For smaller companies that do not have multiple offices, Clark recommends they develop plans for alternative sites if something happens to their primary location.
In alternate sites, companies can choose from three different types of locations, depending on their needs and costs. They range from hot sites to warm to cold.
"A hot site is an off-site location that you own yourself that is ready to go when you need it," Clark said. "It can be ready in two to three hours. Warm sites may take a day or two to set up, and cold sites can take longer. But at least you have the facility."
Aside from ensuring that alternative physical locations are available, companies also should take steps so that their records, contacts and other data are available if they do not have access to their normal office spaces, Kay said.
"We have disaster recovery plans, business continuity plans and redundancy capabilities built into our processes to protect our servers and data," Kay said. "We use access controls – both physical and virtual. Should there be physical restrictions to our building, many could still connect to our network and get information remotely."
A key component of that network is having multiple servers in multiple locations, with data backed up in several places, Kay said.
"We use good information management processes to provide both physical and electronic backup, and that may include off-site facilities as well," Kay said. "I would recommend to small firms that they should back up their data on a frequent basis and be prepared to store it in a secure environment off-site. That way, if there should be any restrictions or damage to their facilities, that information can be obtained and reconstructed in a prompt manner."
A business contingency plan should include strategies for communicating with multiple parties, including employees, the media, law enforcement, government agencies, neighbors, suppliers, vendors and creditors.
Zeppos said the messages a company sends out during a crises can make the difference between survival or extinction.
"If you look at a company that goes into a bad set of circumstances, if they do not take care of the communications side, they will probably have as many problems as they would on the (operations) side," Zeppos said. "Proactive communications in a crisis situation is a major instance in your credibility in the key constituencies you deal with. People understand that Mother Nature has a nature of setting you back on your heels. It’s how companies are able to deal with it that defines how they are able to operate in the future. What you’re doing is protecting the integrity of the company."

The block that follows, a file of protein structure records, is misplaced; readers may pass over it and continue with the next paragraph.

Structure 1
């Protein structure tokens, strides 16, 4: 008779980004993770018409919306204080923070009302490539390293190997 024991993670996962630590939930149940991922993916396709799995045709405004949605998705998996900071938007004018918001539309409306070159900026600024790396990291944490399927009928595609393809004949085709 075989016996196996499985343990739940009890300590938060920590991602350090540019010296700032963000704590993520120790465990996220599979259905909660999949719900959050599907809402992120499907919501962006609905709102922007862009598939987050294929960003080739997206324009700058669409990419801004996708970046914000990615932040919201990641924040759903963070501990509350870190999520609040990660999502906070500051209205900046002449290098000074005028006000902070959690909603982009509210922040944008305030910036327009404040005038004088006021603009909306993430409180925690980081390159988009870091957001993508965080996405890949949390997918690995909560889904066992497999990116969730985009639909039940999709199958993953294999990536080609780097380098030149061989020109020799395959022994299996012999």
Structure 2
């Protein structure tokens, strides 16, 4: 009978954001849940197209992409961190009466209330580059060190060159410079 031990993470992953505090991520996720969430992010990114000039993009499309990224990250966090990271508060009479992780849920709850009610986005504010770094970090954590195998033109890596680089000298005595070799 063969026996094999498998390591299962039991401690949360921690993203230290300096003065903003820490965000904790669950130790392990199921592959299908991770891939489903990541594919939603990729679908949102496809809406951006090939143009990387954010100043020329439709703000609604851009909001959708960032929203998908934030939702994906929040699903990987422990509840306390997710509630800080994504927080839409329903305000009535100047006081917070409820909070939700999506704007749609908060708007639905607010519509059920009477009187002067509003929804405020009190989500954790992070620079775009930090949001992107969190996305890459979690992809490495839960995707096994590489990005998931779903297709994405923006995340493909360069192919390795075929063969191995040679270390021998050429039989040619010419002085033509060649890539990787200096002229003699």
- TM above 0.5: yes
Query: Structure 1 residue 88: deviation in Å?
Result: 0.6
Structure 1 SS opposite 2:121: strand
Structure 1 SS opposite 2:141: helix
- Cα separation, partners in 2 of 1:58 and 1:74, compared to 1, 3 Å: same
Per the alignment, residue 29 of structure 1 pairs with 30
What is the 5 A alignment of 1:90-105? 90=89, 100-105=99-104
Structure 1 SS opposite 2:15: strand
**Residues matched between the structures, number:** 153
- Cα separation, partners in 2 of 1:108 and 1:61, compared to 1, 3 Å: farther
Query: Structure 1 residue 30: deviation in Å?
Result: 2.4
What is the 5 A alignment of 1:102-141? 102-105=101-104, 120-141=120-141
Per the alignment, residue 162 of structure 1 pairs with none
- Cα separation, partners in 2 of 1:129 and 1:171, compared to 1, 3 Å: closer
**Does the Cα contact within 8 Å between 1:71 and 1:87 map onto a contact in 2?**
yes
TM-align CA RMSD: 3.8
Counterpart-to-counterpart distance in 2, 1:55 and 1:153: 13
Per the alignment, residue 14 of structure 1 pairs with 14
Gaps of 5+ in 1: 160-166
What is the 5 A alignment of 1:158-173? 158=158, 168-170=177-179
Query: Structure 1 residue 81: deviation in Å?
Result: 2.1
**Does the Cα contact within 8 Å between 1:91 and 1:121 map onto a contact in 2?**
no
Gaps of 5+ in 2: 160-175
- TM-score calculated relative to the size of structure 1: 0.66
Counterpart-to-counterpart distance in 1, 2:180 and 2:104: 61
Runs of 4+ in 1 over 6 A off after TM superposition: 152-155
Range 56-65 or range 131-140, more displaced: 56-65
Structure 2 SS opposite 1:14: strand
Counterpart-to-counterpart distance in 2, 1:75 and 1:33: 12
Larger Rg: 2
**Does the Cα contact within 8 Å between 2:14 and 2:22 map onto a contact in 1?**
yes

Zeppos’ company helps develop written plans that spell out how to handle communications in different situations.
"You want your best and brightest to rise to the top (in a crisis)," Zeppos said. "The reputation of your company is on the line, the integrity of your brand is on the line. You will be under media scrutiny. Your employees, vendors and creditors will be watching your every move. You have to react fast. If you don’t tell your story, someone else will. The media will get their story – it’s their job."
Companies can tap into several different forms of insurance to deal with unexpected events that could interfere with their operations.
Key person life insurance and key person disability insurance can give companies an influx of cash if a key performer, whether the owner, president or an important employee, unexpectedly dies or is disabled.
David Fritz, a financial representative in Northwestern Mutual Financial Network’s executive benefits branch, said life and disability insurance policies can bring cash to companies when their operations, sales or profits could be disrupted because of an injury to or death of a key person.
Dennis Fitzpatrick, an attorney with Northwestern Mutual who specializes in advance planning in its home office in Milwaukee, said many businesses do not think of covering their key people in the same way they would think about covering their key assets, such as equipment or property.
"If (their building) burns down or someone drops dead, the net result is the same," Fitzpatrick said.
Fritz said key people insurance policies vary widely in prices, based upon health conditions, risks and other considerations.
Companies also can purchase business interruption policies, which can give them an influx of cash when they have unexpected events or disasters, said Jorge Gomez, Wisconsin’s commissioner of insurance. Gomez said the pricing of business interruption insurance policies is, much like key person life insurance, subject to much deliberation between the policy holder and insurer.
Gomez said small businesses that rely on computers for data processing or particular software may want to examine what their vendors are contractually obligated to supply in the event of a business interruption.
He said many contracts do not have provisions for interruptions, which could leave some small businesses without a backup plan in the event of a disaster, such as a fire or flooding.
"That is one of the new areas being looked at by underwriters," Gomez said. "People have to figure out ways to mitigate their losses in the new economy."
March, 4, 2005, Small Business Times, Milwaukee, WI